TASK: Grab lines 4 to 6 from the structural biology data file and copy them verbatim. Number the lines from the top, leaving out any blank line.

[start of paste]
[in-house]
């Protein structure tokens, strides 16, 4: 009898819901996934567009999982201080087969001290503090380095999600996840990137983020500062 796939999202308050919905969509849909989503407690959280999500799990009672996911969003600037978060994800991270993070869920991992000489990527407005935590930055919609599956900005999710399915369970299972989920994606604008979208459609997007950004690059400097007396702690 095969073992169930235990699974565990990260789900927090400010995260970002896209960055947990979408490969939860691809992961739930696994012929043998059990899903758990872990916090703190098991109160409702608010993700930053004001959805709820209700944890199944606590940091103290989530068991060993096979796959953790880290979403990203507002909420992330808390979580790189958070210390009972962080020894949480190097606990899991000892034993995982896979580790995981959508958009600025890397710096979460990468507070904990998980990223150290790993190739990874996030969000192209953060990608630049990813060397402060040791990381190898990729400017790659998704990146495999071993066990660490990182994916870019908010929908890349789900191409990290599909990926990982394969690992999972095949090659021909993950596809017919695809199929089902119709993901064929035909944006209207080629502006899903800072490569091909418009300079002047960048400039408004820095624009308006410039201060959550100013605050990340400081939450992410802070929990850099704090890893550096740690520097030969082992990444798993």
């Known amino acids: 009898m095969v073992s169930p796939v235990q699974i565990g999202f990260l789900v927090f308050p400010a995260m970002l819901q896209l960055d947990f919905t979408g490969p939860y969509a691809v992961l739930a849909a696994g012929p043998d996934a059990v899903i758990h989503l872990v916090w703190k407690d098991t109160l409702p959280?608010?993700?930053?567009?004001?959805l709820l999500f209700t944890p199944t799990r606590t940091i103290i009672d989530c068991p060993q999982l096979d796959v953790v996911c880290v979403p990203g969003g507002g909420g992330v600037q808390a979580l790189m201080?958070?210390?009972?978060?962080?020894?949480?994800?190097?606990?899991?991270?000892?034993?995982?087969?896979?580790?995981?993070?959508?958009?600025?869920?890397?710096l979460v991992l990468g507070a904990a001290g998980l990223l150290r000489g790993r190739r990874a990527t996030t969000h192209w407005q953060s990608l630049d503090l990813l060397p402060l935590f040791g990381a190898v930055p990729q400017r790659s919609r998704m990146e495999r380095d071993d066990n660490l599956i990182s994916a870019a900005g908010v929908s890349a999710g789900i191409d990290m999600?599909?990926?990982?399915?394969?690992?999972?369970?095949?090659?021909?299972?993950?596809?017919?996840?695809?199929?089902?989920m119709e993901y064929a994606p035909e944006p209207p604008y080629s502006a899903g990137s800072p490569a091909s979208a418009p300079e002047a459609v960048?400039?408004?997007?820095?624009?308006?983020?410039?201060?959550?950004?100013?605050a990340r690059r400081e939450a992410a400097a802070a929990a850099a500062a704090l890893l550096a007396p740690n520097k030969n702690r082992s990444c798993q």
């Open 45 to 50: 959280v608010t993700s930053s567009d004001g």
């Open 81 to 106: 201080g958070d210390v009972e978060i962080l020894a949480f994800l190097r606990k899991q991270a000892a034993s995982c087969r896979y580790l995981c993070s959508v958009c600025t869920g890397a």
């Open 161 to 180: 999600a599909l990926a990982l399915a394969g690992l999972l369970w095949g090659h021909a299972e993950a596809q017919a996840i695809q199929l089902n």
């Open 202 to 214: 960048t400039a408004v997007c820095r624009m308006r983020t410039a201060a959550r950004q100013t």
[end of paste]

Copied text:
């Open 45 to 50: 959280v608010t993700s930053s567009d004001g």
């Open 81 to 106: 201080g958070d210390v009972e978060i962080l020894a949480f994800l190097r606990k899991q991270a000892a034993s995982c087969r896979y580790l995981c993070s959508v958009c600025t869920g890397a």
């Open 161 to 180: 999600a599909l990926a990982l399915a394969g690992l999972l369970w095949g090659h021909a299972e993950a596809q017919a996840i695809q199929l089902n």